Wednesday, November 16, 2011

The fetus is no Fichtean: Contra Sloterdijk’s subjectivism

“Hearing and responding to the mother’s voice are the first steps towards subjectivity in the fetus, to intentionality, the subjective focus on something.” (See: On the female body as sound box) Here begins an epistemological operation that conditions all forms of consciousness: the differentiation of figure and background (as it is called in in Gestalt psychology and phenomenology). The intentional focus on an object always involves a non-intentional awareness of a background against which the ‘figure’ (Gestalt) of the object appears, like actors standing out against the background of a theater stage. As the actors command attention, the stage setting recedes to the background of attention. Without this receding background, no object can appear on the foreground, in the ‘spotlight’ of conscious attention. The same holds for the mother’s voice: it is able to attract the attention of the fetus because the ambient noise the fetus’s auditory milieu so to speak recedes into the background. The soprano of the mother’s voice contrasts with the monotonous sound of the flowing blood, the thumping of the heart, the gurgling of the digestive system just as in music the higher notes of the melody and solo soar above the rhythmic bass (it is therefore a legitimate and interesting question to what extent the basis for human musicality is laid in the womb). The maternal milieu of the fetus is therefore – qua medium of the mother’s voice – necessarily a vanishing mediator: something that recedes to the background so that something else may appear.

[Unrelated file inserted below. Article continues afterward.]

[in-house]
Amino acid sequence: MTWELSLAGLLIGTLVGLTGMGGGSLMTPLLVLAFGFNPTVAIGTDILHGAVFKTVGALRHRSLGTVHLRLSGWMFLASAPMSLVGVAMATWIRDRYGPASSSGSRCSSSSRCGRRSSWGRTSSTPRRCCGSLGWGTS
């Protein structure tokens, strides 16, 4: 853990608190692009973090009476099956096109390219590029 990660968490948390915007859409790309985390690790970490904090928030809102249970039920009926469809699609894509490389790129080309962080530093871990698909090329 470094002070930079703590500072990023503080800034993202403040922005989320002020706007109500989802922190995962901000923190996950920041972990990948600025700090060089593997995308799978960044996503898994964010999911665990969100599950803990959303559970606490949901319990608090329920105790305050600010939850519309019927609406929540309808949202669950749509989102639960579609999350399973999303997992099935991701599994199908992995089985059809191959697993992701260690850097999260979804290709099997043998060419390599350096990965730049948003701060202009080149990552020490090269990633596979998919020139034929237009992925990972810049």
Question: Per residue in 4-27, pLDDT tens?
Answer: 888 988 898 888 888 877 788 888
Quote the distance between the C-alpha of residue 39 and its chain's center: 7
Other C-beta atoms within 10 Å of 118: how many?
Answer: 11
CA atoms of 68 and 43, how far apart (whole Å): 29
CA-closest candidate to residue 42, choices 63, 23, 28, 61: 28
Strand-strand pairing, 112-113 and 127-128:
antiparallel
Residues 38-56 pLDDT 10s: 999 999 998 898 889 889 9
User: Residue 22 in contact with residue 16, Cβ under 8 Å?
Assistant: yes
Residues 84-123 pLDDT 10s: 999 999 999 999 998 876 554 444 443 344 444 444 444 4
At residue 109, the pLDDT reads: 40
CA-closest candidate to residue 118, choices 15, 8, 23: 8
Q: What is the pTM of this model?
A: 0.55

A precocious case of auditory intentionality?

The nihilation of the background: Heidegger vs. Sartre
Sloterdijk describes this primordial differentiation of figure (the mother's voice) and background (the uterine ambient noise) as the fetus’s first act of subjectivity, or at least as an act that underlies the subjectivity of the fetus:

Turning a deaf ear and listening are original modes of pre-subjective ability… With this primordial choice between devotion and rejection, the first distinction in communicative behavior comes into force.” (Sphären I, p.512)

With this subjectivist description of the primordial differentiation of figure and background as the fetus’s first intentional act (“primordial choice”,Urwahl”), however, Sloterdijk ignores an issue which should be familiar to him as a phenomenologist from the Heideggerian school, namely the dispute dispute between Sartre and Heidegger in their respective interpretations of the figure-background differentiation.

In Being and Nothingness Sartre offers – based more on Husserl and Hegel than on Heidegger a strongly subjectivist interpretation of this differentiation as an active 'nihilation’ of the background by the human subject. Sartre's phenomenological basis for this position is set out in the famous and wonderfully Parisian example of ‘the café where Pierre is not’:

“When I enter this café to search for Pierre, there is formed a synthetic organization of all the objects in the café, on the ground of which Pierre is given as about to appear. This organization of the café as the ground is an original nihilitation.” (Being and Nothingness, Philosophical Library, New York 1956, p.9).